Sleep, feeding patterns and exercise: behaviors that influence body weight

Sleep feeding patterns and exercise. Not surprisingly, all these three aspects of behaviors matter to body weight. Based on the findings reported at the 2016 International Congress on Obesity in Vancouver, chances are we might be doing it all wrong. Bex Chang talks about some of the points raised during the congress.

Sleep for at least 7 hours per day

Sleeping longer, better and earlier can help control body weight, according to one presentation at the conference. Researchers looked at the quality, duration and bed time among kids, adolescents and adults, and concluded that all these parameters associated with sleep affect body weight and metabolic biomarkers such as insulin sensitivity.

Adults are recommended to sleep for at least seven hours per day and studies have found that adults who sleep less than five hours per day are 55% more likely to become obese. Children less than five years old are recommended to sleep at least ten hours per day, and sleeping less can lead to 89% higher risk of obesity.

For those who like to play with smart phones and i-pads at bed, and those who like to stay up late and snack, scientific findings show you will be at higher risk of sleep deprivation, which will increase appetite to energy-dense food.

Chances are you will put on weight! Someone (like myself) might wonder whether this negative effect could be modified by exercises? According to the speaker, they don’t know for sure yet and they are doing more research to find out. So for now the message is to sleep tight and go to bed early!

Parenting practice needs to evolve

Traditional parenting practice, developed in an era of food scarcity, uses feeding as a soothing method for crying babies; the feeding portion is large; children were fed frequently and sometimes forced to eat.

This parenting practice is said to be associated with disrupted sleep among babies, and increased weight and risk of metabolic disorders in their later life.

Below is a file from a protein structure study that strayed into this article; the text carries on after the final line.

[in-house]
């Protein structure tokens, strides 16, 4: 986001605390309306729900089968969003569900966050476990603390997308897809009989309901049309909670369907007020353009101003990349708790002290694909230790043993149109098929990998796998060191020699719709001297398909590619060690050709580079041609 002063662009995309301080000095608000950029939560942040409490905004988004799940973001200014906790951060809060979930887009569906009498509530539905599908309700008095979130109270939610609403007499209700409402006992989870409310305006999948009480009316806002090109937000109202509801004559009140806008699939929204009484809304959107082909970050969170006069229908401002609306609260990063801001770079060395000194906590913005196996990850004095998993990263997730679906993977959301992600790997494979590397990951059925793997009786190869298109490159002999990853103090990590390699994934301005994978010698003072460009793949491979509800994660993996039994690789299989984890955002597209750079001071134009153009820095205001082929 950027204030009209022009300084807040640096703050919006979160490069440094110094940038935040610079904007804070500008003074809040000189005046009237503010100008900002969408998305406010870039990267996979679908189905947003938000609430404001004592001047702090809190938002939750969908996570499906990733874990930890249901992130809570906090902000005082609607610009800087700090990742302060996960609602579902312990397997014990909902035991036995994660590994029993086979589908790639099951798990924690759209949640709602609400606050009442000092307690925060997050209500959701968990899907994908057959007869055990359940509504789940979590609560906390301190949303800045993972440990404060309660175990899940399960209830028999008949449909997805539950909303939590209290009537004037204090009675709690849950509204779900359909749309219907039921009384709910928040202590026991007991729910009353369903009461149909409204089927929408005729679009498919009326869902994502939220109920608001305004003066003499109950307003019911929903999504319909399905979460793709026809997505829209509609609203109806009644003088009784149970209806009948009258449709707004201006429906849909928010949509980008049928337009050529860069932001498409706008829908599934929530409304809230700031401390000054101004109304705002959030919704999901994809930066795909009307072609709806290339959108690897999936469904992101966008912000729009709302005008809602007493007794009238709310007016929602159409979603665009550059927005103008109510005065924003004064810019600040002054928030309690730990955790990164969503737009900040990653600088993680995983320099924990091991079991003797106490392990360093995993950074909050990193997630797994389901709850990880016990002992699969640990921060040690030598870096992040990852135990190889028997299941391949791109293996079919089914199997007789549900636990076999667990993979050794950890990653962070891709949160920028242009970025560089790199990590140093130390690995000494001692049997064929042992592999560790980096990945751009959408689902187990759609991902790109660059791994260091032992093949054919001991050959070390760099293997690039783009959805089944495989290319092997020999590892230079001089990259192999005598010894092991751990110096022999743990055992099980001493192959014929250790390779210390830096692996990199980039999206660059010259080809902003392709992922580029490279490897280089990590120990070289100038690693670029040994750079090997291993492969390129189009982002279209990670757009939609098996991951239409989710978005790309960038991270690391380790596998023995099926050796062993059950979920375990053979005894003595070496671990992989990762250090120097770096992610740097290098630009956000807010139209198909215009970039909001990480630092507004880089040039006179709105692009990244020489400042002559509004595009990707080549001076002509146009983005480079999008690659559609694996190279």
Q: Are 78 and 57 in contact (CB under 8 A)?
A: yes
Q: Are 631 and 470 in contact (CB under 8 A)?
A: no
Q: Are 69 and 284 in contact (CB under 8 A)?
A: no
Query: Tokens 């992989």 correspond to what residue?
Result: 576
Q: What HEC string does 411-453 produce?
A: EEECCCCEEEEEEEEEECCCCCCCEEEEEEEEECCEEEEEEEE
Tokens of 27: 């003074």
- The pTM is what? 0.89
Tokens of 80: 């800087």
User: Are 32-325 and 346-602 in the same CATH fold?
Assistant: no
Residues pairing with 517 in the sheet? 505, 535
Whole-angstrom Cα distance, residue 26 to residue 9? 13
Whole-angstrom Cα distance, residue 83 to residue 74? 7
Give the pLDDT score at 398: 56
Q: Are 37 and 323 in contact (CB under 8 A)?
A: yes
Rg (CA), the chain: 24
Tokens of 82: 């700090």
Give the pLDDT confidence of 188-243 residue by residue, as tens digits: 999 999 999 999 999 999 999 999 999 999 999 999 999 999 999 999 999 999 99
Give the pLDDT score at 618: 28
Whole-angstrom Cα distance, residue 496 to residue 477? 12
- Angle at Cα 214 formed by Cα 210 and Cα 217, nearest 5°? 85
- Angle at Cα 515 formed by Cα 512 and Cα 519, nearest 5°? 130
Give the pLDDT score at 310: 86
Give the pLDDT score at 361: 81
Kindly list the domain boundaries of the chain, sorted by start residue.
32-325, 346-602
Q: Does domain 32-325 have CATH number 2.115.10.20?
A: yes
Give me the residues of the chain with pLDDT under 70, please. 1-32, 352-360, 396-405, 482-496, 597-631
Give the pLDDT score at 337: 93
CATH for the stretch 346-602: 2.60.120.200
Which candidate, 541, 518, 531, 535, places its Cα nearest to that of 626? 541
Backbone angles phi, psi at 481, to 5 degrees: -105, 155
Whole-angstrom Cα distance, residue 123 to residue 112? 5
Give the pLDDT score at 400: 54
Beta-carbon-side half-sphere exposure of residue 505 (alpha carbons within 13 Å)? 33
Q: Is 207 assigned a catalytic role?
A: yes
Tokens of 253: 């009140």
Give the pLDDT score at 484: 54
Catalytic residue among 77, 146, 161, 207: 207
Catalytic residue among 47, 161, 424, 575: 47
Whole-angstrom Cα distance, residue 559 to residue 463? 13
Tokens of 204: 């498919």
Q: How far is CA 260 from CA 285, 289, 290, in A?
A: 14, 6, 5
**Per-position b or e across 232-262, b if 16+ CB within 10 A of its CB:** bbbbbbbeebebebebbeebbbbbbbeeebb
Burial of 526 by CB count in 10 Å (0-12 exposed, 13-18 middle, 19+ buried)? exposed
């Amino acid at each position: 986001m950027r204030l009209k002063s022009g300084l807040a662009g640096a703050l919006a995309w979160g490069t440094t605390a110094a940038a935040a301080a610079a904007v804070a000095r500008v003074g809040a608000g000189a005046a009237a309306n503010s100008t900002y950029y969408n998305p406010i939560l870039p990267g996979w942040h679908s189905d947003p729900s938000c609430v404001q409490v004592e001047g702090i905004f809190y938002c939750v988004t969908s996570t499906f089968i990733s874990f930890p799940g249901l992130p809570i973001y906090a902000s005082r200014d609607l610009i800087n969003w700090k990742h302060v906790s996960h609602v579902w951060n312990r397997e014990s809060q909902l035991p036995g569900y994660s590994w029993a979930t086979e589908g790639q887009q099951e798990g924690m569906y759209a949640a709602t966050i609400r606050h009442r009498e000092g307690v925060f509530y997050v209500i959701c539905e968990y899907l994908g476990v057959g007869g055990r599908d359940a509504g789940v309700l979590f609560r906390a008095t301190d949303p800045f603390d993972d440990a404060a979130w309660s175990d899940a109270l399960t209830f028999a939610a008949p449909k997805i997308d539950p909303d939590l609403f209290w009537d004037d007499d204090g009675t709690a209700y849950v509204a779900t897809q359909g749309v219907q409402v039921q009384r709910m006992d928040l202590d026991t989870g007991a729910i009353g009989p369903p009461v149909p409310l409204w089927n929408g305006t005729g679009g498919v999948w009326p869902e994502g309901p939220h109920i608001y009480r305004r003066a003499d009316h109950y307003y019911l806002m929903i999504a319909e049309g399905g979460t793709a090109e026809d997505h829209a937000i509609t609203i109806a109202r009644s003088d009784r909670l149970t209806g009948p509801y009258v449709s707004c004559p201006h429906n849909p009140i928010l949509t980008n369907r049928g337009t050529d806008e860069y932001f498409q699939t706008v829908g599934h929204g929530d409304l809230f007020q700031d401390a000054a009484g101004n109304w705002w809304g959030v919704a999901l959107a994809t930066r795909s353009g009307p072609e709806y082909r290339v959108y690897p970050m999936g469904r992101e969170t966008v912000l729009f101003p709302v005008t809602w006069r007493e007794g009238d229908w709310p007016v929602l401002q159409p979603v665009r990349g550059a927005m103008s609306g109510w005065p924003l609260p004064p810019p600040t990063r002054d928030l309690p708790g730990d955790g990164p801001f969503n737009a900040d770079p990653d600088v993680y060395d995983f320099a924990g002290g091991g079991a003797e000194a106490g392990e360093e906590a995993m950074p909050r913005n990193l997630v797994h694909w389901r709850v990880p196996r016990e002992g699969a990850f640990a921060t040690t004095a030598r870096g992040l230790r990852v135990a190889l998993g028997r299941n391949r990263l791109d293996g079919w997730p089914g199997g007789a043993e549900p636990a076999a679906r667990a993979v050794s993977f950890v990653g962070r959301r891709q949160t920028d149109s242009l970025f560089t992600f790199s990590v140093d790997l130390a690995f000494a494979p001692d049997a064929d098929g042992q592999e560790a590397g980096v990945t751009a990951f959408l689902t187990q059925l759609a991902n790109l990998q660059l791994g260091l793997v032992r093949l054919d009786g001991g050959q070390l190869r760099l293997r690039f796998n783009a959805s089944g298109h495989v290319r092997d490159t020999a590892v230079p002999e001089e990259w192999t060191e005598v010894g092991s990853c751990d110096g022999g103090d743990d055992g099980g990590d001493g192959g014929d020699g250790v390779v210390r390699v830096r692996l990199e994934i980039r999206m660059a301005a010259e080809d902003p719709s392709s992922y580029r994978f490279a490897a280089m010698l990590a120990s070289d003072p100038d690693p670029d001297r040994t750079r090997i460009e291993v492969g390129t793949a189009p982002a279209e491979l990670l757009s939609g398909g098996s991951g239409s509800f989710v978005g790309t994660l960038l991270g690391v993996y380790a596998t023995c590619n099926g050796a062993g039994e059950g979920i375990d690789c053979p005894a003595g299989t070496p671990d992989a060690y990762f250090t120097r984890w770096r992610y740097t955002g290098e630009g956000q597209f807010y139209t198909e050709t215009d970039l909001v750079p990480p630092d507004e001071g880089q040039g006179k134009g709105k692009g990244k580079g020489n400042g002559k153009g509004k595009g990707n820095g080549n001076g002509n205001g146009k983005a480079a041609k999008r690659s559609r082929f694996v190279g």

This parenting practice is said to be associated with disrupted sleep among babies, and increased weight and risk of metabolic disorders in their later life. According to the preliminary results reported at the conference, Responsive Parenting (RP), meaning parents only feed babies corresponding to their request (when they’re actually hungry), will lead to longer sleep duration, slower growth of babies and less weight gain at year one.

This is said to be associated with less metabolic risks in later life and parents are therefore encouraged to adopt a responsive feeding practice. We are of course interested to see the follow-up results in the longer term.

Are you forcing yourself to go intensive?

High intensity interval training (HIIT) has become a popular module of exercises. Compared to traditional aerobic or strength training, HIIT has been found to be more effective in burning calories during the same period of a training session.

Research has demonstrated that exercise intensity matters; with more intensive exercises, increased benefits are seen on body composition

Research has demonstrated that exercise intensity matters; with more intensive exercises, increased benefits are seen on body composition (reducing body fat), weight loss, and insulin sensitivity.

However as a person who has been on HIIT program, I personally understand how difficult it is to comply. Cycling at full speed for 20 seconds and break for 20 seconds is not going to provide a very comfortable experience, according to the speaker.

In comparison, with moderate intensity of exercises (such as brisk walking), it takes 45-60 minutes per day to prevent weight gain; and 60-80 minutes per day to lose weight among overweight people. The take home message is that we don’t have to go intense; as long as one can keep it as a habit, and do it for long enough, there are benefits!

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